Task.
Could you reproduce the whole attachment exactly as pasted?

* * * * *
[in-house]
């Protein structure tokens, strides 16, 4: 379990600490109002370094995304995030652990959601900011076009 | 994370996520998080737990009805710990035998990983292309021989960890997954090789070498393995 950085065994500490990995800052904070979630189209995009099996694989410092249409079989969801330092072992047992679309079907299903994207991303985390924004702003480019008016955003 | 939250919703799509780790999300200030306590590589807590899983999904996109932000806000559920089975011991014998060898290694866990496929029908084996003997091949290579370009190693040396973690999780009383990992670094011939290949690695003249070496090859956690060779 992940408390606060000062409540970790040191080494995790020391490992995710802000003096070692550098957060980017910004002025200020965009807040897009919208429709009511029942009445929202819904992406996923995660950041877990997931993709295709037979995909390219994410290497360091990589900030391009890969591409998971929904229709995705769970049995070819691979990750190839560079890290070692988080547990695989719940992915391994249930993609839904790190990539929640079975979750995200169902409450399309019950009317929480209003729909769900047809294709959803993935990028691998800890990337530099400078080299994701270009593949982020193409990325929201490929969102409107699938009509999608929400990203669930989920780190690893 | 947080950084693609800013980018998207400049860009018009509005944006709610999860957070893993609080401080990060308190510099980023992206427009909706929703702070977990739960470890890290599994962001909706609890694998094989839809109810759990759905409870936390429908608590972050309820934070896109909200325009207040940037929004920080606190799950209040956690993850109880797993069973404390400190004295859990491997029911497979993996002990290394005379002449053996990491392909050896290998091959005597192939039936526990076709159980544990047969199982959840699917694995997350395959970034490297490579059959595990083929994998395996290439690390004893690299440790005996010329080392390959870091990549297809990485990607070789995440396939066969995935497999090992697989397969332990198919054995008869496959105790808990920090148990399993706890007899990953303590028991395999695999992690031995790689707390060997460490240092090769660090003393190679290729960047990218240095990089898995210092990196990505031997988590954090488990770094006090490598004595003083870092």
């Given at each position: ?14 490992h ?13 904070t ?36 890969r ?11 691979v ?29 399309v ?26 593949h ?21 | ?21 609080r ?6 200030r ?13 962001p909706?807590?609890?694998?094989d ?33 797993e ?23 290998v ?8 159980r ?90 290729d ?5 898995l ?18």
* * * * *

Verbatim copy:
[in-house]
């Protein structure tokens, strides 16, 4: 379990600490109002370094995304995030652990959601900011076009 | 994370996520998080737990009805710990035998990983292309021989960890997954090789070498393995 950085065994500490990995800052904070979630189209995009099996694989410092249409079989969801330092072992047992679309079907299903994207991303985390924004702003480019008016955003 | 939250919703799509780790999300200030306590590589807590899983999904996109932000806000559920089975011991014998060898290694866990496929029908084996003997091949290579370009190693040396973690999780009383990992670094011939290949690695003249070496090859956690060779 992940408390606060000062409540970790040191080494995790020391490992995710802000003096070692550098957060980017910004002025200020965009807040897009919208429709009511029942009445929202819904992406996923995660950041877990997931993709295709037979995909390219994410290497360091990589900030391009890969591409998971929904229709995705769970049995070819691979990750190839560079890290070692988080547990695989719940992915391994249930993609839904790190990539929640079975979750995200169902409450399309019950009317929480209003729909769900047809294709959803993935990028691998800890990337530099400078080299994701270009593949982020193409990325929201490929969102409107699938009509999608929400990203669930989920780190690893 | 947080950084693609800013980018998207400049860009018009509005944006709610999860957070893993609080401080990060308190510099980023992206427009909706929703702070977990739960470890890290599994962001909706609890694998094989839809109810759990759905409870936390429908608590972050309820934070896109909200325009207040940037929004920080606190799950209040956690993850109880797993069973404390400190004295859990491997029911497979993996002990290394005379002449053996990491392909050896290998091959005597192939039936526990076709159980544990047969199982959840699917694995997350395959970034490297490579059959595990083929994998395996290439690390004893690299440790005996010329080392390959870091990549297809990485990607070789995440396939066969995935497999090992697989397969332990198919054995008869496959105790808990920090148990399993706890007899990953303590028991395999695999992690031995790689707390060997460490240092090769660090003393190679290729960047990218240095990089898995210092990196990505031997988590954090488990770094006090490598004595003083870092």
């Given at each position: ?14 490992h ?13 904070t ?36 890969r ?11 691979v ?29 399309v ?26 593949h ?21 | ?21 609080r ?6 200030r ?13 962001p909706?807590?609890?694998?094989d ?33 797993e ?23 290998v ?8 159980r ?90 290729d ?5 898995l ?18």